HOLLY: And our generation, there were questions asked of women in job interviews that you can’t ask anymore because we organized ourselves and made sure that didn’t happen anymore. And there’s – for me, to hear the young people presume that what they put on the internet is private says to me that we do have a hole in the law so I would encourage all the young people to get organized like we did in the sixties and make sure that they do have that privacy on the internet. I think we have a hole here that needs to get plugged. We have the presumption of privacy that actually does have laws behind it for telephone…

CAVANAUGH: Right.

HOLLY: …conversations on landlines. This is a new form of communication so obviously we have some problems we need to fix here. So I encourage young people who have that presumption, I think they should have the privacy and I think the solution is to put pressure on the legislature and Congress to provide it.

CAVANAUGH: Well, thank you. Thank you, Holly, for the call. Andrea, do you think we need new laws?

JOHNSON: No, I think the prob – what people have to realize and I appreciate the words of the caller, when you sign up for a Facebook account and a Twitter, you really need to read the terms of use because you are specifically waiving any presumption that you have so even if you do have laws, if, by contract, you agree to waive them by allowing the provider to make use of that information, then there is no recourse. Similarly, I think it’s more education than needing laws. I don’t think – You know, most people don’t read the fine print when they sign up, they simply click on ‘agree’ and move forward. So I think there needs to be education as to what exactly it means to set up and get registered on the social networking accounts and understand that it is intended to share information. I don’t think laws are going to solve the problem. And I also think because we want more access, there is a price that you pay. You can’t have it all. You can’t have a limited dissemination of information to anyone and being able to connect and then on the other hand say, oh, but I don’t want anybody to see that information except who I want to see. The two are mutually exclusive. So I think people need to be better educated in exactly what they’re agreeing to when they sign up to participate in these social networking services.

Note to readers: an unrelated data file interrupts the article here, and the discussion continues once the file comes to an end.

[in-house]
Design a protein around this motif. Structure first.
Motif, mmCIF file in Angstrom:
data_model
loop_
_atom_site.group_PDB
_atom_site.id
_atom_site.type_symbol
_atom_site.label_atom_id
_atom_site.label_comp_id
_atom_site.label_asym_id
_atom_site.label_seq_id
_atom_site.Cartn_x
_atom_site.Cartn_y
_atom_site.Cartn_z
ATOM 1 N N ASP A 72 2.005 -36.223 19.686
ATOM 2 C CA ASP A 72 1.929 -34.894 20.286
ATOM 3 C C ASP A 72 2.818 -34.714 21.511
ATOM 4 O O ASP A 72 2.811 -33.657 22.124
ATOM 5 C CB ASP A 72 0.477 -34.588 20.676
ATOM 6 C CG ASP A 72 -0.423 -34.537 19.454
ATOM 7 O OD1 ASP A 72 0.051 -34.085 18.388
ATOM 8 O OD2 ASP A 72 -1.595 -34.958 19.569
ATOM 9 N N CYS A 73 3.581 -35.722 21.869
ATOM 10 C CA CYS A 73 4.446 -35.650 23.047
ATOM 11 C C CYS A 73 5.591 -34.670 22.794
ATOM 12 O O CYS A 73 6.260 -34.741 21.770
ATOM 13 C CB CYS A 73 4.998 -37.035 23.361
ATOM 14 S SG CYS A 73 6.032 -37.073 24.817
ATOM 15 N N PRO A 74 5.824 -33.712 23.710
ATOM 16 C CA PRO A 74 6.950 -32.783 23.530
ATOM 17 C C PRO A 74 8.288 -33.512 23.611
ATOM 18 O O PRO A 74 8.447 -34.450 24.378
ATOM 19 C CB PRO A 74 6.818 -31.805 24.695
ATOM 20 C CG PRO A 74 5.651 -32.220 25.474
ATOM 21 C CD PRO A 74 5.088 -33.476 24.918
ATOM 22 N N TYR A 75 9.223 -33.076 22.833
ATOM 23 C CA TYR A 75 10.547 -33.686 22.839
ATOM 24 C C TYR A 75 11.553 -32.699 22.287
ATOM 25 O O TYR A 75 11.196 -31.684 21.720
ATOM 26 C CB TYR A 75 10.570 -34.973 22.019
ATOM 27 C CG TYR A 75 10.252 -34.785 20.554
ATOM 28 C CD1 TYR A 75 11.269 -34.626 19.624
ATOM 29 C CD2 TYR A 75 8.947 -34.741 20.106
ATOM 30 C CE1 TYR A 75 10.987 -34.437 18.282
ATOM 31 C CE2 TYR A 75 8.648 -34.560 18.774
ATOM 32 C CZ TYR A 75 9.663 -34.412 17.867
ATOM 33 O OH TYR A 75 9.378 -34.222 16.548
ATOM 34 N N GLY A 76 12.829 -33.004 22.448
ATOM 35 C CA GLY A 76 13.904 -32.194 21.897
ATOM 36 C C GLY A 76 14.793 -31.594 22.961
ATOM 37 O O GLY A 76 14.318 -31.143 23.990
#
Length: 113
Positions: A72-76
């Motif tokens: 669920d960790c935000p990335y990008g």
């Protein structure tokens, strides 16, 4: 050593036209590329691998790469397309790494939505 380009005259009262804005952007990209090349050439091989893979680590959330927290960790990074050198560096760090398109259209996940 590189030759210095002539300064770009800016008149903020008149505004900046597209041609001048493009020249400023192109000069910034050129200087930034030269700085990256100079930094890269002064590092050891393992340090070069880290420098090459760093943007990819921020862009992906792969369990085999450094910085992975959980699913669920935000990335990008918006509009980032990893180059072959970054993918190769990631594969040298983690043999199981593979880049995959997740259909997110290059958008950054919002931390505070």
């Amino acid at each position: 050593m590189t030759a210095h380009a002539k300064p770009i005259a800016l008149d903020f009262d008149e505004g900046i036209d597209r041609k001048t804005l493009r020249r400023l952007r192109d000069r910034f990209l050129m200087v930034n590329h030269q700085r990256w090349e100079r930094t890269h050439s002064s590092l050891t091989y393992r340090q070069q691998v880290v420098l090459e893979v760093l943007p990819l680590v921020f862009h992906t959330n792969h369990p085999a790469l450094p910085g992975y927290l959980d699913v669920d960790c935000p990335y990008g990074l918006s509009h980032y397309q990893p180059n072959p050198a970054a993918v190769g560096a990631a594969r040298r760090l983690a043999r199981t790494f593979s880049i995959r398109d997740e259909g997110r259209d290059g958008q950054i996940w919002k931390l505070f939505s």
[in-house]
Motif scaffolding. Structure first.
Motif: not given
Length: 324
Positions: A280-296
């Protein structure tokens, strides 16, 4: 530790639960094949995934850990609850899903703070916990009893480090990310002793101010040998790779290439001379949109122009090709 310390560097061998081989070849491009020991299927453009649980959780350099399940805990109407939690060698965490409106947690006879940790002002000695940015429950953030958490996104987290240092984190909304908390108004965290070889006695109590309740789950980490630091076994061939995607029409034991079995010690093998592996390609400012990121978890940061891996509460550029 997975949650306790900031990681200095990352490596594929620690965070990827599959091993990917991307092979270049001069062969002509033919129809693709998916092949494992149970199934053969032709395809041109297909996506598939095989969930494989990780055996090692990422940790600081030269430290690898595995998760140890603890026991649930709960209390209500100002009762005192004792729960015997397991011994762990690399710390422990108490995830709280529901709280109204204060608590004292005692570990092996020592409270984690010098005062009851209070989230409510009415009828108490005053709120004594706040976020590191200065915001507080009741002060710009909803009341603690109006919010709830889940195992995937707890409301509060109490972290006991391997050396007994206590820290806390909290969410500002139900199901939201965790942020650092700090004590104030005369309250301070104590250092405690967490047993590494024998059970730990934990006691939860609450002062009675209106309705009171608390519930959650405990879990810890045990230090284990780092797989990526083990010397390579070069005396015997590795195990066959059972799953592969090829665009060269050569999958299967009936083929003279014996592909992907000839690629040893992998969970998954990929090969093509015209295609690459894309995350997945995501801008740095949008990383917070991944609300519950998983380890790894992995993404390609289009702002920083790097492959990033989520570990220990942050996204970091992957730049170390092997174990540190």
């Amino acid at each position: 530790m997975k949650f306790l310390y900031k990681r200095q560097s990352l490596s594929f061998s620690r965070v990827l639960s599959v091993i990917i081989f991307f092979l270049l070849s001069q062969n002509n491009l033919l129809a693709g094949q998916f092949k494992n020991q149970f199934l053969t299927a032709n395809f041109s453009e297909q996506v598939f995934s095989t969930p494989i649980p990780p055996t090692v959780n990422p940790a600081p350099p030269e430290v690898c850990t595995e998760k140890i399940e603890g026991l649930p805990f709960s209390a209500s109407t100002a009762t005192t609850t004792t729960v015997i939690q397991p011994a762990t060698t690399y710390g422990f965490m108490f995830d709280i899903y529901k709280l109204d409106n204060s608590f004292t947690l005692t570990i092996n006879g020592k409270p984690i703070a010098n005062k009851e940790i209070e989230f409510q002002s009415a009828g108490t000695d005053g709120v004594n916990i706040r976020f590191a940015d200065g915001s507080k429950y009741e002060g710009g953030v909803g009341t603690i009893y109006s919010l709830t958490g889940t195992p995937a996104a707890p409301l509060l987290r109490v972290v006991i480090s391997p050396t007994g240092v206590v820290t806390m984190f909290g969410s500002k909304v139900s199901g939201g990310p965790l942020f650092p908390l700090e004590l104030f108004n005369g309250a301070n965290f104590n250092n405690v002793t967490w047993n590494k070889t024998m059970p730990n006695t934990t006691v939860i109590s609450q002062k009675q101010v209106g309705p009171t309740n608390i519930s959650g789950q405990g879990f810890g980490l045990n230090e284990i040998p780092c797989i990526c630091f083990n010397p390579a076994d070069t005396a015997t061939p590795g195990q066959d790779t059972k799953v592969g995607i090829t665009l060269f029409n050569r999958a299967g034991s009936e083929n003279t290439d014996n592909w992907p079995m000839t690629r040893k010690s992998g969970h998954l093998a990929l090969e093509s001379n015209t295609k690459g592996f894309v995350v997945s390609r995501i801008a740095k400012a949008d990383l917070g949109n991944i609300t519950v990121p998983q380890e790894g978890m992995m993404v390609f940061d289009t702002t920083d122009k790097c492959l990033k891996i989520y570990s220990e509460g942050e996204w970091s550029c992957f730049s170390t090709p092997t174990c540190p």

CAVANAUGH: Got you. Murray, we just heard from Michael Fertik and his company Reputation Defender. What do you think of that sort of shuffling of information to bring up some good stuff first so that perhaps the bad stuff is buried down?

JENNEX: Well, I don’t really think it solves the problem. And I actually got two things to say. One, the caller mentioned a presumption of privacy. And, actually, I don’t think that’s at all the case. I think it’s a lack of information about the consequence that people don’t understand. I think they don’t really presume they have privacy, I just don’t think they understand what it – what sharing…

CAVANAUGH: What not having privacy really means.

JENNEX: Right. And I think from the Reputation Defender standpoint, I advise my clients and people I talk to to get rid of old e-mail because you never know what’s going to be buried in e-mail, especially in a company where you don’t have that control. So I think getting rid of stuff is a much more viable way of protecting privacy than reshuffling. And I kind of agree with the technology that would put a age limit on personal information on the web, that causes it to expire and be deleted after a certain period of time, especially when it comes to photos and personal information. Now, of course, the problem is historical figures and public figures where there should be a record. So there’s still a lot to be worked out there but I think that’s going to be a much more viable approach than it will be to try to just reshuffle things.

JOHNSON: Excuse me, may I…

CAVANAUGH: Yes.

JOHNSON: …add just one caveat. Even when you delete an e-mail…

CAVANAUGH: Uh-huh.

JOHNSON: …it is not gone. Forensics can pull it up. It simply takes bits and is reused. Similarly, when you delete and take down photos from your Facebook account, it’s not gone. It just isn’t available for people to see but it is still in the system. There are backups. And that’s why I’m saying, any time you have information that is stored on a third party server, as is the case with e-mail and Facebook and Twitter and MySpace, you, the consumer, has no access to how that information is used, what it’s – how long it is kept. And when it is deleted it is not deleted from the system, it is simply deleted from public view. It still can be seen, it can be resurrected if necessary. So, again, deleting e-mail may not do it. My suggestion is the things that you have concern or limitation about putting on the internet, don’t put it…